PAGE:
(Delivered at the Panel discussion with the Holy See and Institute of Cultural Diplomacy sponsored by Hungary)
THE universally shared sense of equality, said Martha Nussbaum in The New Religious Intolerance, is the foundation of human interaction, be it one of comity, cooperation and even conflict—if conflict is to be kept within some bounds of decency as dictated by the laws of war.
A devout Catholic, Corazon Aquino, my country’s liberator, told the UN General Assembly that “There are many ways to govern people but only one way to treat them, and that is with decency.”
For that matter it is only with decency that one can disagree with others, even if it is to get them to listen; hopefully get them to agree to least abide by a rule of law that favored neither side; compulsion and violence won’t do it. It is only with decency that one religion can live beside other religions.
Decency is the watchword of acceptable conduct. Nothing can be right if it is not polite. Religious intolerance is rude in the extreme; it is the pit of boorishness. Religious fanatics can have no seats at the table of civilization. They will chew their napkins and drink from fingerbowls.
Men of confident faith have no problem being polite with, or even helpful to others of different faiths or none at all. When I defended the Korean Moonies from government harassment, they asked why they, who were Lutherans, are well treated in Catholic countries. I said because we are certain of our faith, of its verity and universality. So we never feel threatened by other beliefs. Only the insecure are violent. Nussbaum traces intolerance to fear. I do not. I trace it to the propensity for evil planted by man’s first disobedience.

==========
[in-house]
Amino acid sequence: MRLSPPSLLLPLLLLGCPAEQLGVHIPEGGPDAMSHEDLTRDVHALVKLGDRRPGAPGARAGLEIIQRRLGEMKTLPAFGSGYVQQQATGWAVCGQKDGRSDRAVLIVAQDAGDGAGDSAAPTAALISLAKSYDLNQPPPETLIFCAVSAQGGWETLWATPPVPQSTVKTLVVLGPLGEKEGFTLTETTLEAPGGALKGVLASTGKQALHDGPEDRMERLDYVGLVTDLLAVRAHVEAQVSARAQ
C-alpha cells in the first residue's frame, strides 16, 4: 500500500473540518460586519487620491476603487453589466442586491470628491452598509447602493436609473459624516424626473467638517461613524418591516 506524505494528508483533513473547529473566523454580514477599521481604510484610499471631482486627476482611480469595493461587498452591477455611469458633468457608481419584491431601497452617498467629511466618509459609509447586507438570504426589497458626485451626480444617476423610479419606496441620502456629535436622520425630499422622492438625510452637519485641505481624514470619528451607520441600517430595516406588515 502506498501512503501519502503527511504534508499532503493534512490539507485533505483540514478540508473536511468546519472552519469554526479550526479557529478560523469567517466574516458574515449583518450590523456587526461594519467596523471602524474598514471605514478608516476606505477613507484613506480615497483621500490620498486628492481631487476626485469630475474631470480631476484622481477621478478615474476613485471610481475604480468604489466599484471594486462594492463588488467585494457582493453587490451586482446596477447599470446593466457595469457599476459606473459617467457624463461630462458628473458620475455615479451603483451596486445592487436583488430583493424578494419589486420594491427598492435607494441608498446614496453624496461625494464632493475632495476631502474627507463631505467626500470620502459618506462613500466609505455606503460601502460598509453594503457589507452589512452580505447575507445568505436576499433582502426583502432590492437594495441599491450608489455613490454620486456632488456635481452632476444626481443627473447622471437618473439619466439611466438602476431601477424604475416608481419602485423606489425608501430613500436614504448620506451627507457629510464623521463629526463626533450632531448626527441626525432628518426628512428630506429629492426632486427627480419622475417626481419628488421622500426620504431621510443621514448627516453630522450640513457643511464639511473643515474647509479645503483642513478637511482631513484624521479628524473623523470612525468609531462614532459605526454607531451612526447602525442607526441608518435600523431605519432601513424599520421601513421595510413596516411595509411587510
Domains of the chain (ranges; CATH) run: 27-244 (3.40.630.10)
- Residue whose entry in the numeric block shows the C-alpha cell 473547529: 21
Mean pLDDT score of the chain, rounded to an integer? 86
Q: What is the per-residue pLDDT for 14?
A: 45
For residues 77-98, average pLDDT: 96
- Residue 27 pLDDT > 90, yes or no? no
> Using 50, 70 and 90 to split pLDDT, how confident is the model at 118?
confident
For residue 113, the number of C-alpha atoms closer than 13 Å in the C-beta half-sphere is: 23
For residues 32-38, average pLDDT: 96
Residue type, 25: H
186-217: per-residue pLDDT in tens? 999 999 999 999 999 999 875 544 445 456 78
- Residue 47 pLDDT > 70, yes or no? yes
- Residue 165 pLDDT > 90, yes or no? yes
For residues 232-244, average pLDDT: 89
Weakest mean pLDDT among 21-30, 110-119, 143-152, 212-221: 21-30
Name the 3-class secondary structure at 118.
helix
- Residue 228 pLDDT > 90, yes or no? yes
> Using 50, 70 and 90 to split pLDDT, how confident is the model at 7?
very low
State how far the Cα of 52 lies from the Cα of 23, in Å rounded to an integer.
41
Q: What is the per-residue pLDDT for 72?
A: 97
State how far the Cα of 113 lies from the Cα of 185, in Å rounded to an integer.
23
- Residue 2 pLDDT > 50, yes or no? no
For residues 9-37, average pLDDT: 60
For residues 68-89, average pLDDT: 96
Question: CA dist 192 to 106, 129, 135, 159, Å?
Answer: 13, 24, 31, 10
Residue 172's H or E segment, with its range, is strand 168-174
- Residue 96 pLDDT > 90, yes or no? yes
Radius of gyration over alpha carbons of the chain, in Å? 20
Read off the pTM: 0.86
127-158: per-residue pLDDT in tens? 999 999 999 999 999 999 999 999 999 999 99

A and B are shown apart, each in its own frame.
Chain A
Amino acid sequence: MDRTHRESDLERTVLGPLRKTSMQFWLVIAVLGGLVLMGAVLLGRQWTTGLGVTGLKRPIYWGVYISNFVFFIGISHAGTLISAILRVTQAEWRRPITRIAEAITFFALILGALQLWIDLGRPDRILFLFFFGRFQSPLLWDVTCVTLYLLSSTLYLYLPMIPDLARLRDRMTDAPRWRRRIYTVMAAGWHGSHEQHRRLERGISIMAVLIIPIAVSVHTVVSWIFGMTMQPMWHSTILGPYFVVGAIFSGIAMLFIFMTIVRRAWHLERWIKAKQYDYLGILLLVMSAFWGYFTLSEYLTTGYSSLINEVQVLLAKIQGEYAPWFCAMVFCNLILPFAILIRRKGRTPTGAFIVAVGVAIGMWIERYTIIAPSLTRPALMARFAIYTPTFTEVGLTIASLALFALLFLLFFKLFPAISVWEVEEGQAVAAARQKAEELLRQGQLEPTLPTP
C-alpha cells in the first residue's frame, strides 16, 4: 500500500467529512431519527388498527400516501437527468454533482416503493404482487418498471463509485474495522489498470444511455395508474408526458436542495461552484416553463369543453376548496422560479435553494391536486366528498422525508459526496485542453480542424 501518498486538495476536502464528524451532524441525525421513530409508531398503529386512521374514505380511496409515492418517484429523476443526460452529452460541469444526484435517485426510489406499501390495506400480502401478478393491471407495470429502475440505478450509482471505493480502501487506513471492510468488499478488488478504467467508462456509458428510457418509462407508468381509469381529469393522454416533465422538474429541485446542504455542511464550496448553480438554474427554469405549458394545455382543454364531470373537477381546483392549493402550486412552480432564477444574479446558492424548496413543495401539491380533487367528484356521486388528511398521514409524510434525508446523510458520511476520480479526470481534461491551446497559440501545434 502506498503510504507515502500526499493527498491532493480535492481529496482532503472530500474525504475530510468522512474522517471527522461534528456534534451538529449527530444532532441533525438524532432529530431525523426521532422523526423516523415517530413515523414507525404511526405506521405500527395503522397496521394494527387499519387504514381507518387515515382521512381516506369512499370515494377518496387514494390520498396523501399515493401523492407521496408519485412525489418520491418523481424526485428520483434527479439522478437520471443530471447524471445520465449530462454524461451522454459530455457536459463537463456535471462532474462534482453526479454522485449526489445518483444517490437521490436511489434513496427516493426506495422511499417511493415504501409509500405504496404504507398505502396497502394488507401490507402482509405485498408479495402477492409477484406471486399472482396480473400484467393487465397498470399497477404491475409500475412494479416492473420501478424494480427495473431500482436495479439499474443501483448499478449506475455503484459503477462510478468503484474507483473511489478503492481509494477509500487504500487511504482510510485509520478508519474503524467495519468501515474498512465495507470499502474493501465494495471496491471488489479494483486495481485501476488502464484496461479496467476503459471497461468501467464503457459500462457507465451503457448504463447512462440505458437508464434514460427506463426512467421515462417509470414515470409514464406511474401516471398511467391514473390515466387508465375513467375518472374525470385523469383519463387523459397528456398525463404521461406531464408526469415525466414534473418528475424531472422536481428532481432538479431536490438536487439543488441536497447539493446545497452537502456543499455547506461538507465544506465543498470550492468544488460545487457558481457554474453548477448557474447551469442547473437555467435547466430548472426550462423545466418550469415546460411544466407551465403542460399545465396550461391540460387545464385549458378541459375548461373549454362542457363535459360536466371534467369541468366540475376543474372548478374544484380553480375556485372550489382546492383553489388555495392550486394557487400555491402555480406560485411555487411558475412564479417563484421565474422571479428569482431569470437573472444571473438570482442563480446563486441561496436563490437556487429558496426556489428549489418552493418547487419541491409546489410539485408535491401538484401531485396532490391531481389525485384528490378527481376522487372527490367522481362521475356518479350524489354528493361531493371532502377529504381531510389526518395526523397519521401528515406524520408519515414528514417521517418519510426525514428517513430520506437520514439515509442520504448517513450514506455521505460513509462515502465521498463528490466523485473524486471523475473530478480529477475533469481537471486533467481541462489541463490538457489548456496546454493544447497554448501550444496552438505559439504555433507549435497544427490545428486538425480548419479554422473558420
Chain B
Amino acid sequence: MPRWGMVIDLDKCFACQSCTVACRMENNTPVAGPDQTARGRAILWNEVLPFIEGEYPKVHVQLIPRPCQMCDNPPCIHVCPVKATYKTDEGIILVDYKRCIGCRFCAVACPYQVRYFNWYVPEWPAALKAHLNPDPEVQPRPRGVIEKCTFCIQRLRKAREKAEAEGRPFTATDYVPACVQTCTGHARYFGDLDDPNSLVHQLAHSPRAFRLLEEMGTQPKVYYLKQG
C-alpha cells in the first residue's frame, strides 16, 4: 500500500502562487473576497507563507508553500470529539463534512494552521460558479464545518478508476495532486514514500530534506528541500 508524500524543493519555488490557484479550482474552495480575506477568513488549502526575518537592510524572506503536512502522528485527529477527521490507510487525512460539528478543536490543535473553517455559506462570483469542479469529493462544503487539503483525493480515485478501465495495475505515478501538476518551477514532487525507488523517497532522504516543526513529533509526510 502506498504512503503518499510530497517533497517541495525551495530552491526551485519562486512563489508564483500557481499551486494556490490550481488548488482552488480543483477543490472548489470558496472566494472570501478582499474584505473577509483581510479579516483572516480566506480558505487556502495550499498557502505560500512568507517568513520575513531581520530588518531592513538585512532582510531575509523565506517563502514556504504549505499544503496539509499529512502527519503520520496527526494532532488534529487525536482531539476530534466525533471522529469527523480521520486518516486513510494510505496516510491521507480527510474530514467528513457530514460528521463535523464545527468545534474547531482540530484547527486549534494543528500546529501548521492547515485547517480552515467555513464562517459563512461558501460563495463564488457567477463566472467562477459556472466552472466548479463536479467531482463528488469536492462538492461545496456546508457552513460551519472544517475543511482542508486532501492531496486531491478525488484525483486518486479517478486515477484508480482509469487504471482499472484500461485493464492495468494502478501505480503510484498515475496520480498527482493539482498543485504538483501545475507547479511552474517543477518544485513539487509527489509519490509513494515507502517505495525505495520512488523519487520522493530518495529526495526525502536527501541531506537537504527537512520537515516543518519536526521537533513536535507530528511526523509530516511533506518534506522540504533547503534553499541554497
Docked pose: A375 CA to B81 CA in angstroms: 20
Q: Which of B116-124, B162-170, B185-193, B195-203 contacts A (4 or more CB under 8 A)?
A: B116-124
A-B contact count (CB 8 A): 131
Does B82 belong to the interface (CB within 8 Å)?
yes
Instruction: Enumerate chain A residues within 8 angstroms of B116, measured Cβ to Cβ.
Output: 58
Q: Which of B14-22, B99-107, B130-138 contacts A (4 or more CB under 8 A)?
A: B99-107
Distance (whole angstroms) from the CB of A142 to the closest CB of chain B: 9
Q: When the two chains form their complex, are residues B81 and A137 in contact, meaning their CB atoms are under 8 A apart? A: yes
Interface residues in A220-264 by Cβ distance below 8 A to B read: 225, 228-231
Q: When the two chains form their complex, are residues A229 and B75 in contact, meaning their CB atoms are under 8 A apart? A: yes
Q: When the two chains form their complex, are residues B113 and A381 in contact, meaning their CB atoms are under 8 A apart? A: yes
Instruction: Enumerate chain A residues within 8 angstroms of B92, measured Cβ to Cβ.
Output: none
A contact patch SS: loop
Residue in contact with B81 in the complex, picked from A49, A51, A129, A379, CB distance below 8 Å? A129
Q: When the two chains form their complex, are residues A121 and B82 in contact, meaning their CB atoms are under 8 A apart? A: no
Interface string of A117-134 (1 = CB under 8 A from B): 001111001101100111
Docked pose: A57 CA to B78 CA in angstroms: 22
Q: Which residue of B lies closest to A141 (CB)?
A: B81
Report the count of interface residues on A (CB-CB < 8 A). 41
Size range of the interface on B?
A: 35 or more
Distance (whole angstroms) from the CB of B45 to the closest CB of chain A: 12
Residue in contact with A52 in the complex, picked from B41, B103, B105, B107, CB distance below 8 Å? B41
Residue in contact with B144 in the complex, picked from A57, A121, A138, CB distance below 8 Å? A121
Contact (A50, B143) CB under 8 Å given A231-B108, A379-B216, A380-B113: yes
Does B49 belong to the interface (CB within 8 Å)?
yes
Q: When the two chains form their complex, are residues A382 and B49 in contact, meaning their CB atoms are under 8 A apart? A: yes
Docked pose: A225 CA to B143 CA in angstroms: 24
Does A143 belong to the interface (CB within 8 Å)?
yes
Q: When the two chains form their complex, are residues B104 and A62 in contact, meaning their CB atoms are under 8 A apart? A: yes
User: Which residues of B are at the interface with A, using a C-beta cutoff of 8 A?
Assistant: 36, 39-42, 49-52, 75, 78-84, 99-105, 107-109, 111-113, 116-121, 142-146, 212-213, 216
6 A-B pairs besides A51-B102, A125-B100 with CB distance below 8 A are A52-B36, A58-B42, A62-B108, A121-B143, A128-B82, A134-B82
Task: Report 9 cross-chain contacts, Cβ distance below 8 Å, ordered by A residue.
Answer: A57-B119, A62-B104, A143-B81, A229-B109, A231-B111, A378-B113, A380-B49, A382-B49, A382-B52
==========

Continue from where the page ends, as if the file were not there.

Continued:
A moral imagination, said Martha Nussbaum in The Clash Within, is imperative if religions and any other strong persuasions are to co-exist in the same place. A moral imagination is putting yourself in another’s shoes even if he or she holds beliefs diametrically opposed to one’s own. It is never allowing oneself to be the judge of one’s own cause; which is, said John Rawls citing Locke, the first principle of justice. He explained this imperative as looking at the world behind a veil of ignorance that denies you the knowledge of where you actually stand and who you are; be it rich or poor, smart or less so, of one religion or political conviction or another—the majority’s or the minority’s. So you must be careful, Kant counseled, in adopting policies that may in the implementation be harmful to you. Think and act as if you may be a victim of what you think and do. Whatever you do, think of it as legislation applicable even to you.
There is no argument worth the name that justifies religious intolerance.
All rivers flow to the sea as all prayers go to God, said Malraux. To be sure, religions have at one time or another been intolerant and brutal in the extreme, be it Christianity against other faiths and among Christians—Catholics and Protestants. Or Muslim and apparently even Buddhism today. There is no political circumstance that permits an exception to the justly deserved condemnation of religious intolerance. But there are historical precedents that show civilizations attaining their peak by practicing tolerance. To name only a few, that of Frederick II of the Kingdom of Sicily, and of Asoka and Akbar of the Hindu and Muslim empires of India.